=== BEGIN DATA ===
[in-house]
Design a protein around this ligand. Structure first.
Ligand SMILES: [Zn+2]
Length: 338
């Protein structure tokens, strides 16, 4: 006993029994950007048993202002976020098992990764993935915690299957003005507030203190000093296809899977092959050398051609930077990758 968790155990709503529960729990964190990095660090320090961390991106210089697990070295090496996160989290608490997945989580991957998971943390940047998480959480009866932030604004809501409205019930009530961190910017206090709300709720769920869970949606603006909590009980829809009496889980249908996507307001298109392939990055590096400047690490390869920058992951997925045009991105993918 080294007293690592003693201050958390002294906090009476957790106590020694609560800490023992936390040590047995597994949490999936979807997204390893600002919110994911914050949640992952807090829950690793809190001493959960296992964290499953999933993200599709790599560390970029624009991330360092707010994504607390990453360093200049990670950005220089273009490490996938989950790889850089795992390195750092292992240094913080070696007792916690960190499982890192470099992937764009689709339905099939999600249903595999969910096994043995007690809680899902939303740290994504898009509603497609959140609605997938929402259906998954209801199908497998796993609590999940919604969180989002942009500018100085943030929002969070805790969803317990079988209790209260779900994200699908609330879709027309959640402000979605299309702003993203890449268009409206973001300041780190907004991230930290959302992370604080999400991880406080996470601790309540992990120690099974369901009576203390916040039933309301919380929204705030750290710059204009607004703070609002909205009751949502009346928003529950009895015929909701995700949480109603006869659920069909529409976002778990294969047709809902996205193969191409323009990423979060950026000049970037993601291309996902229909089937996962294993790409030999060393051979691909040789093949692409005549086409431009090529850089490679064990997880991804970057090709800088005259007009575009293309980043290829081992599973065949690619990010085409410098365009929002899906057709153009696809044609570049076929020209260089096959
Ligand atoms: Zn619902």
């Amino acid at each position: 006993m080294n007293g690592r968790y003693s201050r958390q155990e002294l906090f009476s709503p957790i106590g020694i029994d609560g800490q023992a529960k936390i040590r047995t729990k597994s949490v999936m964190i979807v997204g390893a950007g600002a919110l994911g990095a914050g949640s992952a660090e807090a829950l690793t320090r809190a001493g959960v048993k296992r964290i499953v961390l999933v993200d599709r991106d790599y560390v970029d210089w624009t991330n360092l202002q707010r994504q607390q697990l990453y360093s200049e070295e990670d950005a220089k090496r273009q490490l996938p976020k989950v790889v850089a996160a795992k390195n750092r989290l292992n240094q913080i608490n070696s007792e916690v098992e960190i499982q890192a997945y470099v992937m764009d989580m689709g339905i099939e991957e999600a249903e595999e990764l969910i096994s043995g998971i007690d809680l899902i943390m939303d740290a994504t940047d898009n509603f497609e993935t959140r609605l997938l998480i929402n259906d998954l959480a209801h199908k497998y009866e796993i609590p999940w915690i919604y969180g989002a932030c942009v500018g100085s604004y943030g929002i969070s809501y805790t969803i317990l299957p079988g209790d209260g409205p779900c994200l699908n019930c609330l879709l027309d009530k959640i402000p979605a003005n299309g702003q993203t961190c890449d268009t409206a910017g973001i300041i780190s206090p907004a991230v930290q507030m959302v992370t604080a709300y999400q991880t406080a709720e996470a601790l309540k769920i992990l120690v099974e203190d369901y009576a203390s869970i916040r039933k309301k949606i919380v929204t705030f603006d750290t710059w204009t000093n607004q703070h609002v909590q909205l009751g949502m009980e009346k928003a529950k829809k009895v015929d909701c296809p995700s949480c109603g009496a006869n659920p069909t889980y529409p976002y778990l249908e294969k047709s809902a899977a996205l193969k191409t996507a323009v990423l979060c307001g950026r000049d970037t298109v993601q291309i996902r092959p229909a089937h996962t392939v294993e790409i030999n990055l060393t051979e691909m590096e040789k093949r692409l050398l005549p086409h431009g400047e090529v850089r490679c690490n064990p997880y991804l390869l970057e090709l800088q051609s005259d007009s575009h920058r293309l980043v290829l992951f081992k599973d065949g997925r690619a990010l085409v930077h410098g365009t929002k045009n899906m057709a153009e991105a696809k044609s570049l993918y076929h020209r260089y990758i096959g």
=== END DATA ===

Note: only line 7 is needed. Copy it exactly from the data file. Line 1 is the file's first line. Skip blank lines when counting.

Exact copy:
């Amino acid at each position: 006993m080294n007293g690592r968790y003693s201050r958390q155990e002294l906090f009476s709503p957790i106590g020694i029994d609560g800490q023992a529960k936390i040590r047995t729990k597994s949490v999936m964190i979807v997204g390893a950007g600002a919110l994911g990095a914050g949640s992952a660090e807090a829950l690793t320090r809190a001493g959960v048993k296992r964290i499953v961390l999933v993200d599709r991106d790599y560390v970029d210089w624009t991330n360092l202002q707010r994504q607390q697990l990453y360093s200049e070295e990670d950005a220089k090496r273009q490490l996938p976020k989950v790889v850089a996160a795992k390195n750092r989290l292992n240094q913080i608490n070696s007792e916690v098992e960190i499982q890192a997945y470099v992937m764009d989580m689709g339905i099939e991957e999600a249903e595999e990764l969910i096994s043995g998971i007690d809680l899902i943390m939303d740290a994504t940047d898009n509603f497609e993935t959140r609605l997938l998480i929402n259906d998954l959480a209801h199908k497998y009866e796993i609590p999940w915690i919604y969180g989002a932030c942009v500018g100085s604004y943030g929002i969070s809501y805790t969803i317990l299957p079988g209790d209260g409205p779900c994200l699908n019930c609330l879709l027309d009530k959640i402000p979605a003005n299309g702003q993203t961190c890449d268009t409206a910017g973001i300041i780190s206090p907004a991230v930290q507030m959302v992370t604080a709300y999400q991880t406080a709720e996470a601790l309540k769920i992990l120690v099974e203190d369901y009576a203390s869970i916040r039933k309301k949606i919380v929204t705030f603006d750290t710059w204009t000093n607004q703070h609002v909590q909205l009751g949502m009980e009346k928003a529950k829809k009895v015929d909701c296809p995700s949480c109603g009496a006869n659920p069909t889980y529409p976002y778990l249908e294969k047709s809902a899977a996205l193969k191409t996507a323009v990423l979060c307001g950026r000049d970037t298109v993601q291309i996902r092959p229909a089937h996962t392939v294993e790409i030999n990055l060393t051979e691909m590096e040789k093949r692409l050398l005549p086409h431009g400047e090529v850089r490679c690490n064990p997880y991804l390869l970057e090709l800088q051609s005259d007009s575009h920058r293309l980043v290829l992951f081992k599973d065949g997925r690619a990010l085409v930077h410098g365009t929002k045009n899906m057709a153009e991105a696809k044609s570049l993918y076929h020209r260089y990758i096959g």